Glycine (Gly), the simplest amino-acid building-block of proteins, has been identified on icy dust grains in the interstellar medium, icy comets, and ice covered meteorites. These astrophysical ices contain simple molecules (e.g., CO2, H2O, CH4, HCN, and NH3) and are exposed to complex radiation fields, e.g., UV, γ, or X-rays, stellar/solar wind particles, or cosmic rays. While much current effort is focused on understanding the radiochemistry induced in these ices by high energy radiation, the effects of the abundant secondary low energy electrons (LEEs) it produces have been mostly assumed rather than studied. Here we present the results for the exposure of multilayer CO2:CH4:NH3 ice mixtures to 0-70 eV electrons under simulated astrophysical conditions. Mass selected temperature programmed desorption (TPD) of our electron irradiated films reveals multiple products, most notably intact glycine, which is supported by control measurements of both irradiated or un-irradiated binary mixture films, and un-irradiated CO2:CH4:NH3 ices spiked with Gly. The threshold of Gly formation by LEEs is near 9 eV, while the TPD analysis of Gly film growth allows us to determine the “quantum” yield for 70 eV electrons to be about 0.004 Gly per incident electron. Our results show that simple amino acids can be formed directly from simple molecular ingredients, none of which possess preformed C—C or C—N bonds, by the copious secondary LEEs that are generated by ionizing radiation in astrophysical ices.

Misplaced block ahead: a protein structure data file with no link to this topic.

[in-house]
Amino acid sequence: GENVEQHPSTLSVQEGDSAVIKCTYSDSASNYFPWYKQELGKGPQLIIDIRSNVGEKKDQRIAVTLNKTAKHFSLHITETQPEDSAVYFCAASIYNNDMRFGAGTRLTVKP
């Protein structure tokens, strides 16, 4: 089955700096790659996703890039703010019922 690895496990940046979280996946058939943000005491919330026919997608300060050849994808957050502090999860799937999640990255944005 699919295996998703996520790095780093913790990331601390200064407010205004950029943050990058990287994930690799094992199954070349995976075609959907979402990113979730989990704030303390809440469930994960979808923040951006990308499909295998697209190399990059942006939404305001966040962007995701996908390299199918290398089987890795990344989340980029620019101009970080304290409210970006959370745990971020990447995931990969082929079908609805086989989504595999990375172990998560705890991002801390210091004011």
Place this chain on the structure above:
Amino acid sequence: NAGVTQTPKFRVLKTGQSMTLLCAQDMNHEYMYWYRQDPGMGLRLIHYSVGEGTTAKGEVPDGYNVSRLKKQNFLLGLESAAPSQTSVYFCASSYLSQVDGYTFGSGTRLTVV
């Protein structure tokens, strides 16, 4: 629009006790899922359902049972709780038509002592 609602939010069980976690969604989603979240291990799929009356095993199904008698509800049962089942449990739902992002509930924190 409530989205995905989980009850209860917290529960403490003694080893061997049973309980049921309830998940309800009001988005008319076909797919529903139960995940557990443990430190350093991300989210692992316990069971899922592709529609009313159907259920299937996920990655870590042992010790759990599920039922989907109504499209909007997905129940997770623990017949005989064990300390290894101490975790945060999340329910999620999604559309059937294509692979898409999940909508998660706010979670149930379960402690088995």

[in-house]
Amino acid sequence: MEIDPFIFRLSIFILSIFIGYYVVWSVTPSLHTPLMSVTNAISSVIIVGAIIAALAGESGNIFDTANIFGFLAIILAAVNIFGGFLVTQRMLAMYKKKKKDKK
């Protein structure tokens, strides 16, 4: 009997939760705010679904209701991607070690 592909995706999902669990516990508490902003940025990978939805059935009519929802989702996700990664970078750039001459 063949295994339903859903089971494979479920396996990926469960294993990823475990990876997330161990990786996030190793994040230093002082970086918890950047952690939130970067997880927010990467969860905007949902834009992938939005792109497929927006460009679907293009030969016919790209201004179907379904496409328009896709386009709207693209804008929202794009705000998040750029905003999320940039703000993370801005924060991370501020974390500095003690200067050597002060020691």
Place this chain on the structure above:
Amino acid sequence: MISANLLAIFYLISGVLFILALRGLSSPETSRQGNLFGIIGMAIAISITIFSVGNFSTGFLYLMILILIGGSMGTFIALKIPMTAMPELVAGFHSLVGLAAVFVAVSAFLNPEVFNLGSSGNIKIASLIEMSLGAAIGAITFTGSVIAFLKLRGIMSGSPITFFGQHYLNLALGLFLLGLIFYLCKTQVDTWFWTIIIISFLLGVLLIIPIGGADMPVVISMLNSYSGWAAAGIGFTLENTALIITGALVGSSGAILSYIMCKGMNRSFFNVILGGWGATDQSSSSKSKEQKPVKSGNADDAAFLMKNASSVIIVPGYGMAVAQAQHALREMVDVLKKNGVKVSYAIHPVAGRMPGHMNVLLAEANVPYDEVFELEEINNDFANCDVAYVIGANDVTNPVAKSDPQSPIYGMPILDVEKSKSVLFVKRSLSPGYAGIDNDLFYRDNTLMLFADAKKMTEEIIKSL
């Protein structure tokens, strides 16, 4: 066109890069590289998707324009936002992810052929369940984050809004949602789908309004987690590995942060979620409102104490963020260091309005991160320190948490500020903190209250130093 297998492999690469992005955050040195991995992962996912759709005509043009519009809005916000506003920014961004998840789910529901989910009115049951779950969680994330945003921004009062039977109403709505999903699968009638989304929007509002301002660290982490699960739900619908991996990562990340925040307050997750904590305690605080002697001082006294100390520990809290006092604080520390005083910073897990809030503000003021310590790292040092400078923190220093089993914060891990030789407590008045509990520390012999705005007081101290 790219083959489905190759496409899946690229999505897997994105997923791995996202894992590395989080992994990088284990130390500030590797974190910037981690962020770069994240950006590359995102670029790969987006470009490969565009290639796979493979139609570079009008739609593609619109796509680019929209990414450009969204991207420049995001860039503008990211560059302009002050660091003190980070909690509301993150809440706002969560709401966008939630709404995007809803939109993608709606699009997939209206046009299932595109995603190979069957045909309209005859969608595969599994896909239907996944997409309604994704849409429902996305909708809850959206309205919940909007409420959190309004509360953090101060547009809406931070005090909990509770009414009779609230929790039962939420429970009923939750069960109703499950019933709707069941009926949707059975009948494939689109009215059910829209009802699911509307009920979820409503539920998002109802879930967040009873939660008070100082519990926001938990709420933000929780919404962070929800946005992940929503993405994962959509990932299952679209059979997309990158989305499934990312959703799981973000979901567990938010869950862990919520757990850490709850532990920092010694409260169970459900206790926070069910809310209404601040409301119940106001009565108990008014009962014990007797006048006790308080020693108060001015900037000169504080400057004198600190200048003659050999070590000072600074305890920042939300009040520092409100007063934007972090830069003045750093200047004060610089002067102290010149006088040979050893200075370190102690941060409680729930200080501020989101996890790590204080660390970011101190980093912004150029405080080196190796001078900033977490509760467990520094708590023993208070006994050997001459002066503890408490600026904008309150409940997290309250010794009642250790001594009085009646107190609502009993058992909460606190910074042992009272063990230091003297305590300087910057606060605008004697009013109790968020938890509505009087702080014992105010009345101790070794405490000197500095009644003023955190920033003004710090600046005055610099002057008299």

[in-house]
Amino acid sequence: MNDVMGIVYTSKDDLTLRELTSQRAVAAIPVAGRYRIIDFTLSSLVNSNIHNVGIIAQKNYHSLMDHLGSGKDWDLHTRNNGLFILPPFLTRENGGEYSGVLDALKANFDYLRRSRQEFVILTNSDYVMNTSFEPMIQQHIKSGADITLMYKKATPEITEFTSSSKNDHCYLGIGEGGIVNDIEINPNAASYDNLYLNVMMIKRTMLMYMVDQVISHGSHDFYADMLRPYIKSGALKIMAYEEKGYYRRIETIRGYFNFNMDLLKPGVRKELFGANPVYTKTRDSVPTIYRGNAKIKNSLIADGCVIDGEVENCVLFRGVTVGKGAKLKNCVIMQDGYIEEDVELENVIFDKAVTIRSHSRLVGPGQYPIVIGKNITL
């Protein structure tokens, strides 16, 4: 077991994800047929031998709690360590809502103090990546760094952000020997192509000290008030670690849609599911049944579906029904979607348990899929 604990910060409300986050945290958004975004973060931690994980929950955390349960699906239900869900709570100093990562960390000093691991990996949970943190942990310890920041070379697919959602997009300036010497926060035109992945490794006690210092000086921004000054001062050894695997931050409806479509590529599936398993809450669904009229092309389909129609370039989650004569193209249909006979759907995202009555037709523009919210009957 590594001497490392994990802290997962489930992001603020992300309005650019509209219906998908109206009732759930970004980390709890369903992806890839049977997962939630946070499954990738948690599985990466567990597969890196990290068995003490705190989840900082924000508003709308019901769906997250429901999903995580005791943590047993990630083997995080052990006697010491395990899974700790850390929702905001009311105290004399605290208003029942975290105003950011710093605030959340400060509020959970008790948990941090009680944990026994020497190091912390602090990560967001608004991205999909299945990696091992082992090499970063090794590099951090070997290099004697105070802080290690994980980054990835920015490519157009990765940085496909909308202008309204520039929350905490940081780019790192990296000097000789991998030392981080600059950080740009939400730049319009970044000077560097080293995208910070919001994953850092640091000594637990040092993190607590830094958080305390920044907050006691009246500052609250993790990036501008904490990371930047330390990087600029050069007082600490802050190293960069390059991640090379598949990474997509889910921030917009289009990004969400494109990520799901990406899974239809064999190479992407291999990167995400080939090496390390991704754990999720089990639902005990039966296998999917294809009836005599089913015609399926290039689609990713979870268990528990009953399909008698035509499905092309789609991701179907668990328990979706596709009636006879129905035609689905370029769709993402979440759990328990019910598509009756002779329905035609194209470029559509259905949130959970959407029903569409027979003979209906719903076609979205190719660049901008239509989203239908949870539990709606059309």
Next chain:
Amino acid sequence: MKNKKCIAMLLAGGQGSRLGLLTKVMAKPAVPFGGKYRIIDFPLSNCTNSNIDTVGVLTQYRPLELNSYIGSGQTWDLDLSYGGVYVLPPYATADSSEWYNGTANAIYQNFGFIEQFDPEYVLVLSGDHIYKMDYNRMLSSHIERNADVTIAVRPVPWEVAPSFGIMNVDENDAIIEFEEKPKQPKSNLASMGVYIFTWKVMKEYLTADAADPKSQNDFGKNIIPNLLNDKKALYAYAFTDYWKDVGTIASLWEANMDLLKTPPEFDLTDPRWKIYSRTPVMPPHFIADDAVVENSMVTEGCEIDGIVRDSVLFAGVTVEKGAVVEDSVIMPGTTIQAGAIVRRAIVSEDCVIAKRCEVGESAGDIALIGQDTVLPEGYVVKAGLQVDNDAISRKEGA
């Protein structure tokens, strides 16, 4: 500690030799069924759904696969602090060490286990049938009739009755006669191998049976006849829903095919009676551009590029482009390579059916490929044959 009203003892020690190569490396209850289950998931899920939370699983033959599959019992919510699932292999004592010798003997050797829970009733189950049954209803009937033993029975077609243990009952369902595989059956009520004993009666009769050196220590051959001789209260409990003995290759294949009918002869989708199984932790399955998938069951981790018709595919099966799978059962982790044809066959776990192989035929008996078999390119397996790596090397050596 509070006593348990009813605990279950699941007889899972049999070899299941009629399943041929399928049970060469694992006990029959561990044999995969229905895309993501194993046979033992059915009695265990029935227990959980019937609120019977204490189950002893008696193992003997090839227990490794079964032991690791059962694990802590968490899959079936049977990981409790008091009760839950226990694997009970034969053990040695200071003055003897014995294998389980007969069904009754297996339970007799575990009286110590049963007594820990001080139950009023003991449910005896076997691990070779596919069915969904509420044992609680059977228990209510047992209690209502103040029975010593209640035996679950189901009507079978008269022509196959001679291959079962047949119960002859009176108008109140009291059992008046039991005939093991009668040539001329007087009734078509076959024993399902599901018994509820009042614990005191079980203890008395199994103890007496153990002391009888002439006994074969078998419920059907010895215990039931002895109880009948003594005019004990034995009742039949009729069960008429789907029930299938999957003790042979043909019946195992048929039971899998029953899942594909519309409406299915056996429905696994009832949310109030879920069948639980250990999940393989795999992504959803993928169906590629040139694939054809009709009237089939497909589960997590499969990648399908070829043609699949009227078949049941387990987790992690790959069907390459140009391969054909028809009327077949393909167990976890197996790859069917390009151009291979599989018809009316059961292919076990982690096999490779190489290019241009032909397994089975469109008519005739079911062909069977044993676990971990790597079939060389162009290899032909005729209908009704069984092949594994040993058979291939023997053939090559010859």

Glycine formation in CO2:CH4:NH3 ices induced by 0-70 eV electrons
Sasan Esmaili, Andrew D. Bass, Pierre Cloutier, Léon Sanche, Michael A. Huels; Glycine formation in CO2:CH4:NH3 ices induced by 0-70 eV electrons. J. Chem. Phys. 28 April 2018; 148 (16): 164702. https://doi.org/10.1063/1.5021596
Download citation file: